Small and medium sized businesses have a number of characteristics that can speed up the structuring of an effective Six Sigma system, such as flexible process flows, short decision-making chains and high visibility of senior management.
Sound like Greek to you? In his book Six Sigma for Everyone, noted consultant and author George Eckes provides a practical guide that explains the underpinnings of this revolutionary quality assurance methodology.
A quality management and process improvement methodology, Six Sigma is particularly well suited to process-intensive industries like manufacturing. It measures a process by its average performance and the standard deviation of this performance, aiming to reduce the occurrence of defects in a process to a level of “Six Sigma” outside the norm: no more than 3,4 times per million.
Limiting Process Variation
Motorola is where Six Sigma began. An engineer, Mikel Harry, began to study the variations in the processes within Motorola. He saw that too much variation in any process resulted in poor customer satisfaction and ineffectiveness in meeting the customer requirements.
Eckes uses the example of a fast food restaurant where you are the customer. What if over the course of going there for lunch five days in a row, you experience different waiting periods in the drive-through line from the time you join the line until you get your order filled – anything from two to 24 minutes.
The average wait is 12 minutes, but that doesn’t describe the real situation. Not having control over variation, this fast food restaurant is going to lose business, since customers don’t like the uncertainty of not knowing whether it is going to be a 2-minute wait or a 24-minute wait.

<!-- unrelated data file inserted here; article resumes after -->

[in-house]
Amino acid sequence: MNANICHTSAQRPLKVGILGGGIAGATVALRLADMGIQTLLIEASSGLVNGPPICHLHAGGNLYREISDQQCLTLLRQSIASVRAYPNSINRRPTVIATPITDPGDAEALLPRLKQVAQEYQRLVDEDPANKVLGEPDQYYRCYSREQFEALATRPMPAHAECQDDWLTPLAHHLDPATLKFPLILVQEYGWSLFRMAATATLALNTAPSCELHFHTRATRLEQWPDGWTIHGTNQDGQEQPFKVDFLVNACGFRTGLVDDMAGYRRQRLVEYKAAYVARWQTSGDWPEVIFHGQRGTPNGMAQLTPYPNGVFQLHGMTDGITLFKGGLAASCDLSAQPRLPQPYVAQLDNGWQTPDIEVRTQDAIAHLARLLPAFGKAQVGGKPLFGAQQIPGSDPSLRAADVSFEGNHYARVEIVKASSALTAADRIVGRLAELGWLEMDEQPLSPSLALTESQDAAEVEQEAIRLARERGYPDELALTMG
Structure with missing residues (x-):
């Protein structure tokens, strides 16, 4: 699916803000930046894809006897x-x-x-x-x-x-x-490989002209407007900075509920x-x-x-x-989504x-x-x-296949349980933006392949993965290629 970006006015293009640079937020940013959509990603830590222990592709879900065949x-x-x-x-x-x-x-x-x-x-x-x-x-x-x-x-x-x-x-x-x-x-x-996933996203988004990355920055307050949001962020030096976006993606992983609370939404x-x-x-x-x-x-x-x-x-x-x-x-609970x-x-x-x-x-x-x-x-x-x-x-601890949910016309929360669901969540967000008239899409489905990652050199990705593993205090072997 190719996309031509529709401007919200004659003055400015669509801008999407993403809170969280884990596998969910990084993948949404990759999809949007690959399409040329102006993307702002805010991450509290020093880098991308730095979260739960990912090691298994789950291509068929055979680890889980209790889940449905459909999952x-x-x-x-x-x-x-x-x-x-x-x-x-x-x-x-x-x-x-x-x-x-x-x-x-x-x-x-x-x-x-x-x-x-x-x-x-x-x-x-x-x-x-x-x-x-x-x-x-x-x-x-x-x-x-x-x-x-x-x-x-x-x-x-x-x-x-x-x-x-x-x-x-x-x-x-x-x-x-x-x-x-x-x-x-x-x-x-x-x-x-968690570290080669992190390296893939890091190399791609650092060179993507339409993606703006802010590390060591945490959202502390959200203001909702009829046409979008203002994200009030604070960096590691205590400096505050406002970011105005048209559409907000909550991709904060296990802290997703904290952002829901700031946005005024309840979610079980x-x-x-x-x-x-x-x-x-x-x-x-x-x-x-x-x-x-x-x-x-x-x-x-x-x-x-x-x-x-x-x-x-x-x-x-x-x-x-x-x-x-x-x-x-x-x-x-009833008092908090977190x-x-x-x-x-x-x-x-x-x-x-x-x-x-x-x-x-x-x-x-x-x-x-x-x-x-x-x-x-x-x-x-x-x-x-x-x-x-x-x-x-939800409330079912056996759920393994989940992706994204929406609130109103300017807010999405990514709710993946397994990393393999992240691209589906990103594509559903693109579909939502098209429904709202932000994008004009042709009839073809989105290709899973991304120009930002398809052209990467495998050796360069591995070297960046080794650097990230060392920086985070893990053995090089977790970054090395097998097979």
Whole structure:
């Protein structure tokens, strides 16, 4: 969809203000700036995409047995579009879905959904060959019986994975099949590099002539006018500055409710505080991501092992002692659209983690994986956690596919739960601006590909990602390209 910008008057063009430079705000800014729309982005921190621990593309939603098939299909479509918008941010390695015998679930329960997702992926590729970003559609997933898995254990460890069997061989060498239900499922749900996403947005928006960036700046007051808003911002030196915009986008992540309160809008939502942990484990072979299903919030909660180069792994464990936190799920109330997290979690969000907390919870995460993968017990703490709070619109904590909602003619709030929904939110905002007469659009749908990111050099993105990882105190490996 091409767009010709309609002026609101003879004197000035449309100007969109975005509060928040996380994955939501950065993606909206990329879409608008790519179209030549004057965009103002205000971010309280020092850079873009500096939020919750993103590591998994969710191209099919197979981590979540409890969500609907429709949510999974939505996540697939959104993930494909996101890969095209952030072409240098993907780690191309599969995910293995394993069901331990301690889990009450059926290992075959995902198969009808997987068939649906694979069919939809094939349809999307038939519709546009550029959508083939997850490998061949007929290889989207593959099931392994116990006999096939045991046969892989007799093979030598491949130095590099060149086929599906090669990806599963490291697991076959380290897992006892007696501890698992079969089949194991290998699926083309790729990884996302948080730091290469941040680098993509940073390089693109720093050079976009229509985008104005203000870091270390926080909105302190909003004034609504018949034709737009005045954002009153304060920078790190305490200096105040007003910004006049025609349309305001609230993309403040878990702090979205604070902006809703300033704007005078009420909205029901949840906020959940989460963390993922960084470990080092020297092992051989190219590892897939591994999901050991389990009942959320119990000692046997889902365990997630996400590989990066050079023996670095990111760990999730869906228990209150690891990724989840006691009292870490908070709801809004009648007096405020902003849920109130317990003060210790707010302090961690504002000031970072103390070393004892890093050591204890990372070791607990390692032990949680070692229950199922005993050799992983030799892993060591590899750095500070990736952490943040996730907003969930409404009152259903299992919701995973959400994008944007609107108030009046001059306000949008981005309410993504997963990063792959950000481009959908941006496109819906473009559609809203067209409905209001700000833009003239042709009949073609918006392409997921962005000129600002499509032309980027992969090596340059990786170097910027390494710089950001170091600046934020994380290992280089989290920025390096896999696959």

Six Sigma is about applying a set of tools to reduce variation in the processes and improve the effectiveness and efficiency of those processes. It’s an approach, says Eckes, that can move management away from thinking of downsizing as their only approach to improving the financial outlook.
The Six Sigma Framework
Six Sigma projects should be derived by senior management from your business’s strategic plan. This sets an organisation’s goals and key performance measurements.
1. Define the objectives.
Based on goals, the senior management team defines the scope of each Six Sigma project and organises the right project team. While projects are progressing, review them and provide financial, technical and moral support. After the projects are completed, audit the results, establish systems to sustain the improvements, and continuously adjust the business’s strategic plans.
2. Measure existing systems.
Identify and describe the potential critical processes or products. Establish valid and reliable metrics to help monitor progress towards the project goals.
3. Analyse the system.
Identify ways to eliminate the gap between the current performance of the system or process and the desired goal. Outline each process and document your findings.
4. Improve the process performance.
Each process is modified and the outcome is measured to determine whether the revised method produces results within customer expectations.
5. Control the new system.
Institutionalise the improved system by modifying policies, procedures, operating instructions, and other management systems. Each critical factor should also be continuously improved by transforming its management into different Six Sigma projects.
Get Buy-in With Early Wins
For Six Sigma to be successful in your business, the first projects you take on must be successful.
Winning projects help the people in the organisation see that Six Sigma works for them and are essential to overcoming doubt and scepticism.
Bear in mind that because smaller businesses have limited cash and resources, senior management has to play an active role in the entire Six Sigma cycle. It may seem like a big commitment, but driven from the top, Six Sigma can have a healthy impact on your bottom line.
Buy The Book
Six Sigma for Everyone, by George Eckes, is published by John Wiley & Sons. Get it from www.kalahari.net